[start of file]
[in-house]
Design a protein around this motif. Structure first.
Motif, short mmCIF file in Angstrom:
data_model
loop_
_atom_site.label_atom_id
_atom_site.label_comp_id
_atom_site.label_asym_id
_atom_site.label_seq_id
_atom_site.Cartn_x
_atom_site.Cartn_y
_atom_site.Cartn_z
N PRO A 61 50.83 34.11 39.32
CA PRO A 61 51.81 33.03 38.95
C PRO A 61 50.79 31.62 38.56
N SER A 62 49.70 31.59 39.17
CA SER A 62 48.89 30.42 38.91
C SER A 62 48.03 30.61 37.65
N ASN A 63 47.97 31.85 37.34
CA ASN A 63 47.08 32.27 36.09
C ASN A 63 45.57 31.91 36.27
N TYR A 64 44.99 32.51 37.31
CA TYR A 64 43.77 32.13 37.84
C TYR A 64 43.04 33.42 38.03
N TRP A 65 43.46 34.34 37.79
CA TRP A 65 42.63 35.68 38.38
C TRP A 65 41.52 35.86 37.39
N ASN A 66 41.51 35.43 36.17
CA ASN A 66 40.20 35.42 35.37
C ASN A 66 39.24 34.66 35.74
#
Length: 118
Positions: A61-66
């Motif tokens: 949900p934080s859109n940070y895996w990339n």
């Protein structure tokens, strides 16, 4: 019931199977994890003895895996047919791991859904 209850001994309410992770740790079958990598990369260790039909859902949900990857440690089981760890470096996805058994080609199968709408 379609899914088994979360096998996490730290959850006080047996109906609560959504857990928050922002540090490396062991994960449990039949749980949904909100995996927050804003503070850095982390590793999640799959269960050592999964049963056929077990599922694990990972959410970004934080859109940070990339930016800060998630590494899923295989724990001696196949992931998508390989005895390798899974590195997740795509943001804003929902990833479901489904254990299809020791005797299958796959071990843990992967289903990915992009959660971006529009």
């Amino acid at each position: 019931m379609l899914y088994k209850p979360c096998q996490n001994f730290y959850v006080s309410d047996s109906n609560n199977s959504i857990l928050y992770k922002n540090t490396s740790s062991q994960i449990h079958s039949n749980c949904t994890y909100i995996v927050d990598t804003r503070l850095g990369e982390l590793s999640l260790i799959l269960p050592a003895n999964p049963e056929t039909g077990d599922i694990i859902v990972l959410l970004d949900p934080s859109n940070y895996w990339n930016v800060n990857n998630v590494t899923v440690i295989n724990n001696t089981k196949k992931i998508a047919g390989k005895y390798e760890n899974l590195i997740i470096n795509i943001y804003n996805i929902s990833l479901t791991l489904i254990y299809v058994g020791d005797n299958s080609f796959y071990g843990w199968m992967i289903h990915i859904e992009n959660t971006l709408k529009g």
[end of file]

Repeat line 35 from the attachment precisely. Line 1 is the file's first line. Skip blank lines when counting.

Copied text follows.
């Protein structure tokens, strides 16, 4: 019931199977994890003895895996047919791991859904 209850001994309410992770740790079958990598990369260790039909859902949900990857440690089981760890470096996805058994080609199968709408 379609899914088994979360096998996490730290959850006080047996109906609560959504857990928050922002540090490396062991994960449990039949749980949904909100995996927050804003503070850095982390590793999640799959269960050592999964049963056929077990599922694990990972959410970004934080859109940070990339930016800060998630590494899923295989724990001696196949992931998508390989005895390798899974590195997740795509943001804003929902990833479901489904254990299809020791005797299958796959071990843990992967289903990915992009959660971006529009």